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The Preparation of Peace Corps Volunteers for Overseas Service: Challenge and Response
Donald R. Shea
The Annals of the American Academy of Political and Social Science
Vol. 365, The Peace Corps (May, 1966), pp. 29-45
Published by: Sage Publications, Inc. in association with the American Academy of Political and Social Science
Stable URL: http://www.jstor.org/stable/1034936
Page Count: 17
You can always find the topics here!Topics: Peacetime, Volunteerism, Training, Universities, Higher education, Colleges, Learning, School campuses, Technical training, College credits
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In order to be selected to serve abroad, Peace Corps Volunteers have first to complete successfully an intensive training program designed to develop attitudes, knowledge, and skills necessary for effective overseas service. The great majority of these training programs have been conducted by colleges and universities. It has been a great challenge both to the Peace Corps and to higher education to work together to develop training programs which would prepare the Volunteers for their work in a vastly different culture. Although, initially, universities encountered great difficulties in administering successful training programs, the experience gained has resulted in considerable improvement in the techniques of instruction and content of the training programs. Peace Corps Volunteers are now the best prepared group of Americans going overseas. Lessons learned in developing effective educational programs for Volunteers have had a beneficial impact on the regular instructional programs of many universities. Both higher education and the Peace Corps have benefited from their educational partnership, which is likely to become even more mutually productive in the future.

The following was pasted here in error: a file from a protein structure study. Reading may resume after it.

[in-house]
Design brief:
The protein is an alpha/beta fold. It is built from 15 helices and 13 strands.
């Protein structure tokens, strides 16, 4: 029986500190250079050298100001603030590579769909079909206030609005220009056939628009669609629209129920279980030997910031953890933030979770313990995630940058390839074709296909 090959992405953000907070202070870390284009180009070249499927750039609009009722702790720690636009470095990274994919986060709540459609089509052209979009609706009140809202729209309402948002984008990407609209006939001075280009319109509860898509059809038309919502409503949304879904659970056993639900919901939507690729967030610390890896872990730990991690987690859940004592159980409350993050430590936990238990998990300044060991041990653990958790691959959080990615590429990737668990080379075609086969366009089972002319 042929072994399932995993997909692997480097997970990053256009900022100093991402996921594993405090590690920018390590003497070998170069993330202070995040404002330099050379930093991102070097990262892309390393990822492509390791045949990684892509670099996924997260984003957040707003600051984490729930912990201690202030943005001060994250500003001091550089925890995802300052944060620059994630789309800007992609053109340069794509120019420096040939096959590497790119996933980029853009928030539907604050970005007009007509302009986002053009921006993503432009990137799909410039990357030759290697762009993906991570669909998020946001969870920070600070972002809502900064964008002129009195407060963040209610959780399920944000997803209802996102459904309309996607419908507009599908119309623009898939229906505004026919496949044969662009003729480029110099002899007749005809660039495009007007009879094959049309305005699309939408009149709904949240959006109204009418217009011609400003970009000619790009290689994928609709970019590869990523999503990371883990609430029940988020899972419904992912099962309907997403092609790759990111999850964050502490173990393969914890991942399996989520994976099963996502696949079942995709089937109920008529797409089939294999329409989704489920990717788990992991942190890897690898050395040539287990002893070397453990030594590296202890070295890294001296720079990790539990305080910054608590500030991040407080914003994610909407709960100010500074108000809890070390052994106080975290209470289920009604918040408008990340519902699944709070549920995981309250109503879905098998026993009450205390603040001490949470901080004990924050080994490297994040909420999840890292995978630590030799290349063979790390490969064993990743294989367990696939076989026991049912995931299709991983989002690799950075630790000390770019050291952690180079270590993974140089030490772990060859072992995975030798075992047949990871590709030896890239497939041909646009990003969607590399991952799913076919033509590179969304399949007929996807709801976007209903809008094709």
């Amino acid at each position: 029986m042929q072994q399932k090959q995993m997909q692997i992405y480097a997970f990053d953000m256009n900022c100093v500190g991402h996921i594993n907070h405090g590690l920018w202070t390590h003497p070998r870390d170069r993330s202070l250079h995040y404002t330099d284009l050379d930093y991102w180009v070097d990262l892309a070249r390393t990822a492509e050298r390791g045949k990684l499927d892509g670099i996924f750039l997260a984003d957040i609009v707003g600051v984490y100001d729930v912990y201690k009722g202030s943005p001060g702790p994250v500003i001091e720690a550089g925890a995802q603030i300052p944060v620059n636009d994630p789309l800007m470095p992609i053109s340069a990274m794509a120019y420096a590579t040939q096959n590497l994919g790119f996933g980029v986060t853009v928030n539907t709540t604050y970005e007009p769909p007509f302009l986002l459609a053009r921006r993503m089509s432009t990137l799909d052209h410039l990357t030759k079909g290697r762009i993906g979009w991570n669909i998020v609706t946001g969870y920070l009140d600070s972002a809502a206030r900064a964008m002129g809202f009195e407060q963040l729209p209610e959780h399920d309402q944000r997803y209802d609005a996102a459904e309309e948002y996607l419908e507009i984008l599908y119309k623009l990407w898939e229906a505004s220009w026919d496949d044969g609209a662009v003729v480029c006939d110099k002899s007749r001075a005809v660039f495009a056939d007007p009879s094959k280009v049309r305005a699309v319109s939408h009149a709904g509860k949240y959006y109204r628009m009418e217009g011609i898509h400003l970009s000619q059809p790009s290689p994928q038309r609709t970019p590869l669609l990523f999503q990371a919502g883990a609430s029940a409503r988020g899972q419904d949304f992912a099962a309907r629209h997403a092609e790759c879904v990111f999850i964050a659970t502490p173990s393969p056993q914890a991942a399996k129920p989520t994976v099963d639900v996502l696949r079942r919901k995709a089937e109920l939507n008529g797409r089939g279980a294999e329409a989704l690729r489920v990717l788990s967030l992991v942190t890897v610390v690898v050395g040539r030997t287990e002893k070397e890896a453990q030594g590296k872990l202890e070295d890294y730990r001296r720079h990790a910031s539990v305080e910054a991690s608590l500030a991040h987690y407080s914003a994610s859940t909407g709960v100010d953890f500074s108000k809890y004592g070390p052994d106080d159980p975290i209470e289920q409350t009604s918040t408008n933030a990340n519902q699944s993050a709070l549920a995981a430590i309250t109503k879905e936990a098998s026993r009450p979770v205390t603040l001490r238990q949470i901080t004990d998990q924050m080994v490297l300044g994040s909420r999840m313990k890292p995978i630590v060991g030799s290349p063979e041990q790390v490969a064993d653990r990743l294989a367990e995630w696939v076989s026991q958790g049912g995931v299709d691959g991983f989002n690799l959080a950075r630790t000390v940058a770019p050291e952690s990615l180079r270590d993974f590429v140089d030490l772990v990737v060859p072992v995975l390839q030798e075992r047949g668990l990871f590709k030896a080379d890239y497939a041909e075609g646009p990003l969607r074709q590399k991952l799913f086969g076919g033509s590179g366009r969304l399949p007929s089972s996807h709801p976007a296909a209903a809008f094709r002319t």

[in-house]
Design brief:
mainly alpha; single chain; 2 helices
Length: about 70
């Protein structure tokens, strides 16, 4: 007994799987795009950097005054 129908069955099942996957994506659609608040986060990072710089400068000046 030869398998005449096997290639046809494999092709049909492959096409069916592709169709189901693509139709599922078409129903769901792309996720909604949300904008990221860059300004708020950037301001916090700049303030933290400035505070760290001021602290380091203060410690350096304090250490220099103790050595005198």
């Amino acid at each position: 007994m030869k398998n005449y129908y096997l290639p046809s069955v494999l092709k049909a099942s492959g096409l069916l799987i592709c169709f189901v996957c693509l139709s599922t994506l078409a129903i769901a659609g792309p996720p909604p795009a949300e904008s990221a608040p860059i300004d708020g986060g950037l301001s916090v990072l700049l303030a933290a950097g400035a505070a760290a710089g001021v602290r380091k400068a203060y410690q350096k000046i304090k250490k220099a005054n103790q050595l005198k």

The Annals of the American Academy of Political and Social Science © 1966 American Academy of Political and Social Science